Tears of joy

The best reality show ever — and the real ones
By JAMES PARKER  |  November 28, 2006

K.I.M.!: “You gotta believe, you just gotta believe!” rapped Ice-T’s crew-in-training.

Are you sitting comfortably? Then I’ll begin. The best reality show ever will be called Monarch, and it will feature Donald Trump, Asia Carrera, Tony Robbins, Andy Rooney, Barbara Bush, Chuck D, Mike Barnicle, George Foreman, Bianca Jagger, Steve-O, former senator Conrad Burns, Soledad O’Brien, and General John Abizaid in a contest to become sovereign ruler of these United States. The contestants (or “pretenders”) will be lodged in a Bavarian palace and will compete each week in events engineered to reveal their innate regality or lack thereof; there will be archery, astrology, falconry, and court intrigue. Fictitious political dilemmas will present themselves, as hordes of extras shake the palace gates demanding bread and traitors grovel for mercy. (“The decision is yours. Do you spare his life and risk another assassination attempt?”) Surveying the scene through monocle and lorgnette will be a panel of judges comprising the shittiest available remnants of European royalty: leering grand dukes of Saxony and Montenegro, bastard cousins, renegade slut princesses, goblins of toppled thrones, etc. And Sarah Ferguson, if she’ll do it. Usual drill: the contestants strive, conspire, and rant to camera, and one of them is sent home each week. (“Off with his head!” say the judges.) In the final episode there is a coronation on the steps of the Capitol, and the Constitution is torn in two by Hulk Hogan.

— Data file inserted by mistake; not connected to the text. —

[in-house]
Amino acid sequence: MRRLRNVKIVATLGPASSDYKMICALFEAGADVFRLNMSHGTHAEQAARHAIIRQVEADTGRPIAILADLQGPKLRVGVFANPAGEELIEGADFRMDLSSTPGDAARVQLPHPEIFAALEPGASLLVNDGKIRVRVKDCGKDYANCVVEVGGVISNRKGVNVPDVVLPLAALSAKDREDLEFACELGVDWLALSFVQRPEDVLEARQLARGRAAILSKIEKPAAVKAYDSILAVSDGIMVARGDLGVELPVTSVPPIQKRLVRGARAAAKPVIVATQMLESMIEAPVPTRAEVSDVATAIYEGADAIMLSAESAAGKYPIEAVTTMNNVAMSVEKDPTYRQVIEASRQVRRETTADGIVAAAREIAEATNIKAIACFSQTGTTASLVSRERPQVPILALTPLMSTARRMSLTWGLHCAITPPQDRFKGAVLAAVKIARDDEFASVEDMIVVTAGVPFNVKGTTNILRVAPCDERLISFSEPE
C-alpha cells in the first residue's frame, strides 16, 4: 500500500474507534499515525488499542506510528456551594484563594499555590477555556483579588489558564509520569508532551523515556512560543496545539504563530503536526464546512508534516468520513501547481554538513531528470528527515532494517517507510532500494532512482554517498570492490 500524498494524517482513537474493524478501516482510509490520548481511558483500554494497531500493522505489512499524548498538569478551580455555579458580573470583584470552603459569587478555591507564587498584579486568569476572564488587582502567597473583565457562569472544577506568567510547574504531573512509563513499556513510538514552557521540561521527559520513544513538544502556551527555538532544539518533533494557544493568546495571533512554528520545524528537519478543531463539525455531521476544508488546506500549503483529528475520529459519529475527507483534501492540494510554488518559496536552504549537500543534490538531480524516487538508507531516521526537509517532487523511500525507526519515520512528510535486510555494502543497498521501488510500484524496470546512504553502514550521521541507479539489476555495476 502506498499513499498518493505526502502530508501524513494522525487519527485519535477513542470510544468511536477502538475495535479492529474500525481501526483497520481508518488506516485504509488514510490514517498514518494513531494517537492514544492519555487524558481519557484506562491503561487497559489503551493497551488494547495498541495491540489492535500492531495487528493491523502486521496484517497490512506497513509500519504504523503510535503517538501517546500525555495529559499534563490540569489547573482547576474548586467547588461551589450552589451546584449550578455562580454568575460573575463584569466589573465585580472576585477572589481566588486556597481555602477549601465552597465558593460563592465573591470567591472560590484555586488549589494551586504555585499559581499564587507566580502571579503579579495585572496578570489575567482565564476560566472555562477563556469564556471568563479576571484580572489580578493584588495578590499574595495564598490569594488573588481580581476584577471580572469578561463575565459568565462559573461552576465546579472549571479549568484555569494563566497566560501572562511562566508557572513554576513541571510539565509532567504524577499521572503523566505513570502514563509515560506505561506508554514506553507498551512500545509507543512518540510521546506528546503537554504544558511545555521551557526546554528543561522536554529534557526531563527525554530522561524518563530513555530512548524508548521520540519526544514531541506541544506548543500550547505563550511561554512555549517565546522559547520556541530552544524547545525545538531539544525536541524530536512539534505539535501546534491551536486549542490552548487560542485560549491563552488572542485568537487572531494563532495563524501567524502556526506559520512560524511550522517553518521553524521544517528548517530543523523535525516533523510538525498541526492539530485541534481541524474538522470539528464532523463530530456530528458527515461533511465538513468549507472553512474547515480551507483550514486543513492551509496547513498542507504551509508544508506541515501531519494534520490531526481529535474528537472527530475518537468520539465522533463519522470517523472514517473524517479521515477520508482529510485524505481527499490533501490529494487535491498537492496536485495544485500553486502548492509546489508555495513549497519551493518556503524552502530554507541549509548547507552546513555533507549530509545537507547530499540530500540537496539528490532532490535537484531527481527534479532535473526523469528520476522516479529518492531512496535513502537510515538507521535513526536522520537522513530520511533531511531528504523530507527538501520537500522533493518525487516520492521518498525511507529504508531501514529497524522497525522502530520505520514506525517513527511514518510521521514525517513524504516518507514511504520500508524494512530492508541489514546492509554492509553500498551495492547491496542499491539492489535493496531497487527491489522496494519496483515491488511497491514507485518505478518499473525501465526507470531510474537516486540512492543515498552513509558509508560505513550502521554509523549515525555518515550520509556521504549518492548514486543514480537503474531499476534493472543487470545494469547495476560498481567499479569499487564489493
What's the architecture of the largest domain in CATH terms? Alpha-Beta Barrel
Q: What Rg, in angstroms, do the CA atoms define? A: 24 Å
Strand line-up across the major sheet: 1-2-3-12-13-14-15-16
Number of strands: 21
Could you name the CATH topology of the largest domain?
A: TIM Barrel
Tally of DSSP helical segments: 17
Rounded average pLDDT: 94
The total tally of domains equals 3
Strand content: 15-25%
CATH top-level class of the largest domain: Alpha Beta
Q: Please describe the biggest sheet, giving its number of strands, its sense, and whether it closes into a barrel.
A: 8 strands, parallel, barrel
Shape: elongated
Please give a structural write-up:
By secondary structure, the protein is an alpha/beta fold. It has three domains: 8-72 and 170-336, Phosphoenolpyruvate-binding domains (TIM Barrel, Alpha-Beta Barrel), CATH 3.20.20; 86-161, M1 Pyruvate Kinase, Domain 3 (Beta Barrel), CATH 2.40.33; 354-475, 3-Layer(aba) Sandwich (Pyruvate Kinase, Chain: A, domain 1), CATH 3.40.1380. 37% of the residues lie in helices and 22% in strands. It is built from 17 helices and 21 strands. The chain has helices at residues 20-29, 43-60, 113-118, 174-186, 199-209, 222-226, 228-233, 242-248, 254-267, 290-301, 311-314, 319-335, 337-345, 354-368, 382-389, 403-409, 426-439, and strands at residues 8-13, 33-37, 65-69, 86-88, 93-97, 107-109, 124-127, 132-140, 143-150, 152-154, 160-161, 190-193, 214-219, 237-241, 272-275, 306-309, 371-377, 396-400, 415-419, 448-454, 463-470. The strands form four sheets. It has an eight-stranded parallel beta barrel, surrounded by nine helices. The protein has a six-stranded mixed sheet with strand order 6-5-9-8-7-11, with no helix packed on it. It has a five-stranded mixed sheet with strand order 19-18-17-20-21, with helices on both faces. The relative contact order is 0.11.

I know you can’t believe it hasn’t already been green-lighted, right? But the reality-verse is an unpredictable place. Ice-T’s Rap School (VH1), which began the season as a muted knock-off of Gene Simmons’ Rock School, swelled last week to a finale of such pulsing lachrymosity, I felt as if I were at 30,000 feet, watching it on the in-flight with a Bloody Mary in each fist and my lower lip grandly trembling. Here were some authentic arcs of development, some real “moments.” As a climax to their six-week crash course in how to be hip-hop, Ice set up his crew of eighth-grade prep-schoolers with a spot opening for Public Enemy. “K.I.M!”, Flavor Flav counseled them before the show. “Keep! It! Moving!” The kids romped home. “You gotta believe, you just gotta believe!” went one of their toytown raps.

Doughy-faced freestyler Dodge a/k/a “Dodge City” took a bit of abuse (someone in the front row tried to grab the mike off him) but bounced back well: “You can’t do that! Damn, you just a hater! I’m gonna come when you’re sleepin’! I’m gonna come creepin’!” “That’s what a battler does,” nodded Ice.

Next day, Ice’s pupils gathered to bid him farewell with some prepared statements, and it was here that the sob knob was turned up to 10. “Dear Ice,” wept the lovely Mary a/k/a Missy M, “I have made so many [sniff!] friends because of you and now I know how to tell people what I think. It was hard before when I was too scared to do that. And I will [gulp!] tell my children about a hardcore rapper who’s really the sweetest, kindest, and most forgiving person I ever met.” (Ice himself, by this point, was bug-eyed with suppressed tears.) “Goo-ood l-luck to you ooh-Ice and th-thanks again,” managed floppy-haired Phil a/k/a DJ Phil the Agony, through some wrenched body language. “You puh-pimped us out.”

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